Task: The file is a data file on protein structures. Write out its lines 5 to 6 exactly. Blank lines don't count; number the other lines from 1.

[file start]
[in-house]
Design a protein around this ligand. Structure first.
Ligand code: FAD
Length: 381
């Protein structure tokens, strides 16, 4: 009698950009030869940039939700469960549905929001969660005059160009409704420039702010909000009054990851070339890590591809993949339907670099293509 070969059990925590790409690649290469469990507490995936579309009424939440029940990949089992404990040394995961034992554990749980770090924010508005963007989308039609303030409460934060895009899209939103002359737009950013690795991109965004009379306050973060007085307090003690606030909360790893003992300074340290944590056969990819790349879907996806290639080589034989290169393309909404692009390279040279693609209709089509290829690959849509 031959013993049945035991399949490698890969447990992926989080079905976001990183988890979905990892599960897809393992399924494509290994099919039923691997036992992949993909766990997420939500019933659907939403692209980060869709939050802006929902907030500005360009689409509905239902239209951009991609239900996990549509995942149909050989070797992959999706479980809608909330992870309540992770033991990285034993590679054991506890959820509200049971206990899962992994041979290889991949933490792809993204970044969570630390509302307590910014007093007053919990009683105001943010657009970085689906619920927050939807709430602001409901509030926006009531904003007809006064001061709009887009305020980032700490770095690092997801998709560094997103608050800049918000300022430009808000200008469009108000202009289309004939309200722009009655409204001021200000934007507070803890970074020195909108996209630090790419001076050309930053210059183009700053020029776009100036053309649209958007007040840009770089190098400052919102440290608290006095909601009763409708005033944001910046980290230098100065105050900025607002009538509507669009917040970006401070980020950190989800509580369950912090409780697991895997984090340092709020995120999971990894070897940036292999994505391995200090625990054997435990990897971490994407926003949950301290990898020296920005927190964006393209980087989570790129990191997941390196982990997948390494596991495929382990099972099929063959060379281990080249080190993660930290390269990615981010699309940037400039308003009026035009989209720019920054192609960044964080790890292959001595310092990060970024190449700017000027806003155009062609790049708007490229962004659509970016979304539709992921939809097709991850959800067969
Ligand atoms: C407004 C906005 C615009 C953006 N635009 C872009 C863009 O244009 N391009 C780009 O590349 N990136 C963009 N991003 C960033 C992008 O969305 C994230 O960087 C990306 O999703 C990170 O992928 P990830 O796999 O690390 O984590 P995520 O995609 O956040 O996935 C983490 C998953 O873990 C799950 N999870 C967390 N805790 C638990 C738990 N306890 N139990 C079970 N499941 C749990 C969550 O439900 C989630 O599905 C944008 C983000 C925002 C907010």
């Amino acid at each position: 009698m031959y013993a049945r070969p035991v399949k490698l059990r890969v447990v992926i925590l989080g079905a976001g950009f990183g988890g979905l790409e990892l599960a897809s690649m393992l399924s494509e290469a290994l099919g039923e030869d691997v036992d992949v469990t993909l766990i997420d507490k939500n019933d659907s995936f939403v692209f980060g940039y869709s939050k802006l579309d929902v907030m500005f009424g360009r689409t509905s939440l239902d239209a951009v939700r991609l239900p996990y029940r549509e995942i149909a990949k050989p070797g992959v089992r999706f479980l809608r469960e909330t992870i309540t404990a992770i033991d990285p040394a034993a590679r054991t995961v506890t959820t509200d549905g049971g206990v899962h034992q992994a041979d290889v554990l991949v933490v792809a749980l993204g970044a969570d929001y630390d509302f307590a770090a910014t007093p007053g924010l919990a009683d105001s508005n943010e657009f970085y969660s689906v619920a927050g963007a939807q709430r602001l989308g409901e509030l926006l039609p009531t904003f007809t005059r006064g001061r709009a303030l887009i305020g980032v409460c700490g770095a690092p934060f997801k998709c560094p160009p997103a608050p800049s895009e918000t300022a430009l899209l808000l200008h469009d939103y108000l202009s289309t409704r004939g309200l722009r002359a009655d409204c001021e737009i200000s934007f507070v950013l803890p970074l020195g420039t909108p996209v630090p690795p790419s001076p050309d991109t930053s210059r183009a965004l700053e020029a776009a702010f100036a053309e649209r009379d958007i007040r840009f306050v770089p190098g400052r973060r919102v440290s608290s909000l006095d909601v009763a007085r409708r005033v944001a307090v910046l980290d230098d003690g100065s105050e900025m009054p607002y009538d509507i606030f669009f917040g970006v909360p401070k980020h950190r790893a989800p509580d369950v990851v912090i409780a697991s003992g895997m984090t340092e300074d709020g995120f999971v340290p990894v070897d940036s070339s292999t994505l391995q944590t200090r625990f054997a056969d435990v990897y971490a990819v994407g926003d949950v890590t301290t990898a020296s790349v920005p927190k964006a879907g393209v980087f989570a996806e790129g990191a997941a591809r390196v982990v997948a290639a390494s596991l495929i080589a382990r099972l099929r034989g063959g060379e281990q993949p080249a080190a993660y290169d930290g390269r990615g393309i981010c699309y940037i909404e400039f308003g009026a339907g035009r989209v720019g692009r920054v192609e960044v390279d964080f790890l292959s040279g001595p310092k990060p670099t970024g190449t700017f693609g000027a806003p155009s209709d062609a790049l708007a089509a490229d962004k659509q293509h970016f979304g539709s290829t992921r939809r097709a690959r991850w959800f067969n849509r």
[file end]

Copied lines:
């Protein structure tokens, strides 16, 4: 009698950009030869940039939700469960549905929001969660005059160009409704420039702010909000009054990851070339890590591809993949339907670099293509 070969059990925590790409690649290469469990507490995936579309009424939440029940990949089992404990040394995961034992554990749980770090924010508005963007989308039609303030409460934060895009899209939103002359737009950013690795991109965004009379306050973060007085307090003690606030909360790893003992300074340290944590056969990819790349879907996806290639080589034989290169393309909404692009390279040279693609209709089509290829690959849509 031959013993049945035991399949490698890969447990992926989080079905976001990183988890979905990892599960897809393992399924494509290994099919039923691997036992992949993909766990997420939500019933659907939403692209980060869709939050802006929902907030500005360009689409509905239902239209951009991609239900996990549509995942149909050989070797992959999706479980809608909330992870309540992770033991990285034993590679054991506890959820509200049971206990899962992994041979290889991949933490792809993204970044969570630390509302307590910014007093007053919990009683105001943010657009970085689906619920927050939807709430602001409901509030926006009531904003007809006064001061709009887009305020980032700490770095690092997801998709560094997103608050800049918000300022430009808000200008469009108000202009289309004939309200722009009655409204001021200000934007507070803890970074020195909108996209630090790419001076050309930053210059183009700053020029776009100036053309649209958007007040840009770089190098400052919102440290608290006095909601009763409708005033944001910046980290230098100065105050900025607002009538509507669009917040970006401070980020950190989800509580369950912090409780697991895997984090340092709020995120999971990894070897940036292999994505391995200090625990054997435990990897971490994407926003949950301290990898020296920005927190964006393209980087989570790129990191997941390196982990997948390494596991495929382990099972099929063959060379281990080249080190993660930290390269990615981010699309940037400039308003009026035009989209720019920054192609960044964080790890292959001595310092990060970024190449700017000027806003155009062609790049708007490229962004659509970016979304539709992921939809097709991850959800067969
Ligand atoms: C407004 C906005 C615009 C953006 N635009 C872009 C863009 O244009 N391009 C780009 O590349 N990136 C963009 N991003 C960033 C992008 O969305 C994230 O960087 C990306 O999703 C990170 O992928 P990830 O796999 O690390 O984590 P995520 O995609 O956040 O996935 C983490 C998953 O873990 C799950 N999870 C967390 N805790 C638990 C738990 N306890 N139990 C079970 N499941 C749990 C969550 O439900 C989630 O599905 C944008 C983000 C925002 C907010």